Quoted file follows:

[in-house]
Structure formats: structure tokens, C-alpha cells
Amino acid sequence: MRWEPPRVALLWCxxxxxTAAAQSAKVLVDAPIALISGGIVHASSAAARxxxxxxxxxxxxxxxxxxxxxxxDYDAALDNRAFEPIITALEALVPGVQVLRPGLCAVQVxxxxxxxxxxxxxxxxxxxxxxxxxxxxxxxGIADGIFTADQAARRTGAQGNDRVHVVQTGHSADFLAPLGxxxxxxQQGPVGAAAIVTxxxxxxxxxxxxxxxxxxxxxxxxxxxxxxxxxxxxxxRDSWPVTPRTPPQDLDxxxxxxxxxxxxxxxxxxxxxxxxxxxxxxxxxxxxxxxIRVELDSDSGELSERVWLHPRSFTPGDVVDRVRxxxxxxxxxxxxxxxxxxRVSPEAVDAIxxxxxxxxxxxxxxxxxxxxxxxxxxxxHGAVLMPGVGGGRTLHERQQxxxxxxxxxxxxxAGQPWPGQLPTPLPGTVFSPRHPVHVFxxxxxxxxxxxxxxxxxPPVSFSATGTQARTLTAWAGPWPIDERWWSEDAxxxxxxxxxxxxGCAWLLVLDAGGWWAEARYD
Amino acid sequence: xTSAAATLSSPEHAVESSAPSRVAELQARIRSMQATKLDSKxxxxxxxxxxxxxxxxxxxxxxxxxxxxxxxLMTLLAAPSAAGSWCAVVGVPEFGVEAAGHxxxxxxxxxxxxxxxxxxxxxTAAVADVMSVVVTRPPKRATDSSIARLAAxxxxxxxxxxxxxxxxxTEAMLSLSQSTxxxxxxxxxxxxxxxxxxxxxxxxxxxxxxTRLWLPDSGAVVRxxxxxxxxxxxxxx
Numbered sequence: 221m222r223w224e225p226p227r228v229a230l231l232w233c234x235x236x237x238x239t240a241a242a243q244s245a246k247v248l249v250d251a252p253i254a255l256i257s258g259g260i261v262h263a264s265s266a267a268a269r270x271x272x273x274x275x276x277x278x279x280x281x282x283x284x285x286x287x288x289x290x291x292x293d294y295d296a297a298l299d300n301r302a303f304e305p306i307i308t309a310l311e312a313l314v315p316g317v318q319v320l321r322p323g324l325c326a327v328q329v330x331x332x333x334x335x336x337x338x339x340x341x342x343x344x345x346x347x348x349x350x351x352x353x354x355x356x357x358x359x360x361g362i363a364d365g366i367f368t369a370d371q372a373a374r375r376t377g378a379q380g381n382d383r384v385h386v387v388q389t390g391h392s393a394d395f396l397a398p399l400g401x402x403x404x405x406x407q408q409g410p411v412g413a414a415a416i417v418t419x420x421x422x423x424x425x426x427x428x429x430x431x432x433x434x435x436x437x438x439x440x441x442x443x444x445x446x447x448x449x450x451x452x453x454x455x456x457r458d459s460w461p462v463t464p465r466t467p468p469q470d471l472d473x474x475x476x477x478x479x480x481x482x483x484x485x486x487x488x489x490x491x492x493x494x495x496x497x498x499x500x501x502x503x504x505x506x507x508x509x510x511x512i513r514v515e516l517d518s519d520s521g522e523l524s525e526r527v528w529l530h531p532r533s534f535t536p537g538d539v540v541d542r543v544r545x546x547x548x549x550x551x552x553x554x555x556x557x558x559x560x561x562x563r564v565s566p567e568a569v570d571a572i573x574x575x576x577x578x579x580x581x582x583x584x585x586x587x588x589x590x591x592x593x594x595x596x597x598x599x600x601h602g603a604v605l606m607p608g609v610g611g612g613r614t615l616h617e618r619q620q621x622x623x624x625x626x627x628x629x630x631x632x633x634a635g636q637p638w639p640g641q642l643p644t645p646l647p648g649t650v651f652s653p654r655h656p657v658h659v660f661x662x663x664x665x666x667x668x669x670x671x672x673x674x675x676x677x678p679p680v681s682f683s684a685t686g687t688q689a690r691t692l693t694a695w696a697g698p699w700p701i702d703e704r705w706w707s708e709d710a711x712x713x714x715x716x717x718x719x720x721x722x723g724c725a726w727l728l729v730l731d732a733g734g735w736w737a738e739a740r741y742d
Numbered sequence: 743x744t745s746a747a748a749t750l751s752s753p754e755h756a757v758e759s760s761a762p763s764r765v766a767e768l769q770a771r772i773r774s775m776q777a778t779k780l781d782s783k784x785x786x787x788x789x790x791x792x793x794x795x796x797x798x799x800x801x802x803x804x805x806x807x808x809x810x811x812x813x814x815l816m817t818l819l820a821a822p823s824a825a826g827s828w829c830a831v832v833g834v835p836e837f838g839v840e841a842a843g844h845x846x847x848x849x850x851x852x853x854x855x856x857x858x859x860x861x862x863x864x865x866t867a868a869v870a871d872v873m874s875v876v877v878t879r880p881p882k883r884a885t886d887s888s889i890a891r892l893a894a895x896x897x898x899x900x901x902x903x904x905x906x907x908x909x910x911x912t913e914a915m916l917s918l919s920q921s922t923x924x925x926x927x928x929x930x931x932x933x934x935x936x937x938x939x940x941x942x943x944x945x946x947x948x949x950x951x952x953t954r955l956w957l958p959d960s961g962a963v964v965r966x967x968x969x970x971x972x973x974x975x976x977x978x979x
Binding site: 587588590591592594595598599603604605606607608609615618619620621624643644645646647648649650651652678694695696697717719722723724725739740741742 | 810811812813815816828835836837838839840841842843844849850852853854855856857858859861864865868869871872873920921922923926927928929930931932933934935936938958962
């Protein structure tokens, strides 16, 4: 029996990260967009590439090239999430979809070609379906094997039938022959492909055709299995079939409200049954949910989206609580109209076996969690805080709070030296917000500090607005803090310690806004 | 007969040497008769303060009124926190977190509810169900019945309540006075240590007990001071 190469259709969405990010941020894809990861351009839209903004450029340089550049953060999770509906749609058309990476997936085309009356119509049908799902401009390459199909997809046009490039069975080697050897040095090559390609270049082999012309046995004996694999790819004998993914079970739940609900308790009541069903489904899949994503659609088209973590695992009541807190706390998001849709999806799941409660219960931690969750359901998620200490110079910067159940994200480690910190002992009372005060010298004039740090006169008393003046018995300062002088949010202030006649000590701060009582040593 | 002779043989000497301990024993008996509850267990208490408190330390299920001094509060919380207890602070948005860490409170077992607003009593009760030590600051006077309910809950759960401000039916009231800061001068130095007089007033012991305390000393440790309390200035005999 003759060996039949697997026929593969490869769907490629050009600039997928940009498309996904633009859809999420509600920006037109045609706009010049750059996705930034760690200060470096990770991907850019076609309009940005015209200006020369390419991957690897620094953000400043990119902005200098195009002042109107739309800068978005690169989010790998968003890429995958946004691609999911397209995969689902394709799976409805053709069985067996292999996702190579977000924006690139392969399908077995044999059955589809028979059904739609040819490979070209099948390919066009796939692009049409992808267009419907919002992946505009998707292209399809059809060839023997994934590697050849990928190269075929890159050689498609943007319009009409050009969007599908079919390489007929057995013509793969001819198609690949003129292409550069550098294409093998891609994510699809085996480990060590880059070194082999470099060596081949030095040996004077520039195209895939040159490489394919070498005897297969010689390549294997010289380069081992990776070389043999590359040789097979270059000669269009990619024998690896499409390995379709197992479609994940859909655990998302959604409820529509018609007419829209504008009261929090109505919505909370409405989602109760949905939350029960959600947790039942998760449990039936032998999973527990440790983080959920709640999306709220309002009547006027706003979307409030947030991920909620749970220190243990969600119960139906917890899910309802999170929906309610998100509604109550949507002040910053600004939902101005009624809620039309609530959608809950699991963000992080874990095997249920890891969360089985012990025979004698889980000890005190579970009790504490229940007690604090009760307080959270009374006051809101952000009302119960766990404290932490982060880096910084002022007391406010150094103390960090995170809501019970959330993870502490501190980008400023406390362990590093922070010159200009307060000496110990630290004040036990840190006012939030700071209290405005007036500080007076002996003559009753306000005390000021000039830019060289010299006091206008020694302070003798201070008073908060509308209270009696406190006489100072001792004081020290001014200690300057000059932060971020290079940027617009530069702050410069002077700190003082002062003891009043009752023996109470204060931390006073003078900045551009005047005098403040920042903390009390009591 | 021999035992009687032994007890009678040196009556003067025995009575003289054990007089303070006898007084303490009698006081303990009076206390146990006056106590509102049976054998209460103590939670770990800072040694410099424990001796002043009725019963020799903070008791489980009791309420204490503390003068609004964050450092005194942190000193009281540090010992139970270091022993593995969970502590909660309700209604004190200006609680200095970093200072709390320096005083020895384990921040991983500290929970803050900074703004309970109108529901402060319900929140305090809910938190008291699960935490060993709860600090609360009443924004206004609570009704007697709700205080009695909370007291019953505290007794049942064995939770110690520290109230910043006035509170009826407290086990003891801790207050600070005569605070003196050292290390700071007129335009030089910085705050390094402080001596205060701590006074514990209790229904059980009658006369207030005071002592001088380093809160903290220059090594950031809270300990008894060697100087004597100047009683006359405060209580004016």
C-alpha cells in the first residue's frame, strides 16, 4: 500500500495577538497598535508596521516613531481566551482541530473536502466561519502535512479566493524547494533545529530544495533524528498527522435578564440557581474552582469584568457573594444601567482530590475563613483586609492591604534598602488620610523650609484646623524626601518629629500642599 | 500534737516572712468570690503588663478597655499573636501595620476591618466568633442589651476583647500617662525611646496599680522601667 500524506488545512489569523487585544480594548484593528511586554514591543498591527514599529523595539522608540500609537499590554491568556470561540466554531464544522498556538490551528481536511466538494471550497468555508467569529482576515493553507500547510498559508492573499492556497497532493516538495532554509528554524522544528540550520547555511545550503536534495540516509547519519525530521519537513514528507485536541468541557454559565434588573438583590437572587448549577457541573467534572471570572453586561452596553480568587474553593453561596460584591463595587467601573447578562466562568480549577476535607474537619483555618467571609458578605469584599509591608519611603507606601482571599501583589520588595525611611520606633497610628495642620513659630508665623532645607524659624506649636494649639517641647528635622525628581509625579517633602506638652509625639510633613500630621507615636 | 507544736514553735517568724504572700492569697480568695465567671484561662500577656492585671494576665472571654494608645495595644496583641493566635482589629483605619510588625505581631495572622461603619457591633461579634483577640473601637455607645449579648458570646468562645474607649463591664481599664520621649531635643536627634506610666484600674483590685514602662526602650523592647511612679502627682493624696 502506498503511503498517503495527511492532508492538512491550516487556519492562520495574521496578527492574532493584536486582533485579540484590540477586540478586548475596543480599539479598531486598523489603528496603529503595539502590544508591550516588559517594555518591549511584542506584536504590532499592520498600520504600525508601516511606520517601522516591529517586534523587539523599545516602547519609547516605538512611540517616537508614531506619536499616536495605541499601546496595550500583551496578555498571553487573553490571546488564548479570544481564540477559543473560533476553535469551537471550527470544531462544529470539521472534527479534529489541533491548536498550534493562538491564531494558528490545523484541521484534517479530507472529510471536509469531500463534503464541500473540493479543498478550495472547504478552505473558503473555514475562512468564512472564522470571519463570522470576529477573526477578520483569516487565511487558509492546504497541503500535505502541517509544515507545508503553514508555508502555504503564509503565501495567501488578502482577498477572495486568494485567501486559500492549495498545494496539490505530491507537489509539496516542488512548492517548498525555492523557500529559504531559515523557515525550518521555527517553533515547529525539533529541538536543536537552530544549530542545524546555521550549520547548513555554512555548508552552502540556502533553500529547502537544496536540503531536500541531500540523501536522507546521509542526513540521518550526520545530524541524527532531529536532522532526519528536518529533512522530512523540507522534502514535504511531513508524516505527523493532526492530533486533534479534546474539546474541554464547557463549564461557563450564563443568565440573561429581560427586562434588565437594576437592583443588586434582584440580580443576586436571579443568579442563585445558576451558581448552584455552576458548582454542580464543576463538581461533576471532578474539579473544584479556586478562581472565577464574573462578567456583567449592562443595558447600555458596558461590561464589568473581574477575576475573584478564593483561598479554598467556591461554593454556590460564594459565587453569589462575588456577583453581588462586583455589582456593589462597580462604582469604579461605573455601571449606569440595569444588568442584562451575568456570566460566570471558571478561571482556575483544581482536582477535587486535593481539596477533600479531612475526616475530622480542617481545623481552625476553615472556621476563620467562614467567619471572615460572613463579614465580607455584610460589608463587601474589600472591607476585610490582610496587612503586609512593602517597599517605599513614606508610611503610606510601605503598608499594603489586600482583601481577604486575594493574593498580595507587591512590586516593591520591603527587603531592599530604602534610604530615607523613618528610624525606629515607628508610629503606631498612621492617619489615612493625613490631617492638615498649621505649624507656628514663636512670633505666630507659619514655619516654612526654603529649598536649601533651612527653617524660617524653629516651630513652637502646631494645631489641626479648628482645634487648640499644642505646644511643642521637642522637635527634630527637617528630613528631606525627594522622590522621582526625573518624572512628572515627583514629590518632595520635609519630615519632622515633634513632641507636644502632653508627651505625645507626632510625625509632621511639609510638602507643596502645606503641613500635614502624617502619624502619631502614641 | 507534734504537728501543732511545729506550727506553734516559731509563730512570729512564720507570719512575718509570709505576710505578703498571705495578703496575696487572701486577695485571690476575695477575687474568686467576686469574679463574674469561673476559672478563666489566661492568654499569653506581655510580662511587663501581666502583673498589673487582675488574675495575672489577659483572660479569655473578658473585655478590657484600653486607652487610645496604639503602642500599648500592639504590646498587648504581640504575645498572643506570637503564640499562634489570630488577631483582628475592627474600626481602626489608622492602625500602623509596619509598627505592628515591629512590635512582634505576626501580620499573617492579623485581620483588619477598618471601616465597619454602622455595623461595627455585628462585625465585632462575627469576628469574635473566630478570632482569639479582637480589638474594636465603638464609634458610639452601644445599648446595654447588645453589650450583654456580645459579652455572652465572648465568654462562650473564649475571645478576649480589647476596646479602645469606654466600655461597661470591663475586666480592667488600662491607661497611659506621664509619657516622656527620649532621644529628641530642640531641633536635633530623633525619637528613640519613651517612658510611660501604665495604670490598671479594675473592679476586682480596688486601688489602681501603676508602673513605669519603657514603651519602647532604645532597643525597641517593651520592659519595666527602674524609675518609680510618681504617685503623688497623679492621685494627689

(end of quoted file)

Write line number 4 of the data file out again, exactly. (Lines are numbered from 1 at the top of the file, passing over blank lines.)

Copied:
Amino acid sequence: xTSAAATLSSPEHAVESSAPSRVAELQARIRSMQATKLDSKxxxxxxxxxxxxxxxxxxxxxxxxxxxxxxxLMTLLAAPSAAGSWCAVVGVPEFGVEAAGHxxxxxxxxxxxxxxxxxxxxxTAAVADVMSVVVTRPPKRATDSSIARLAAxxxxxxxxxxxxxxxxxTEAMLSLSQSTxxxxxxxxxxxxxxxxxxxxxxxxxxxxxxTRLWLPDSGAVVRxxxxxxxxxxxxxx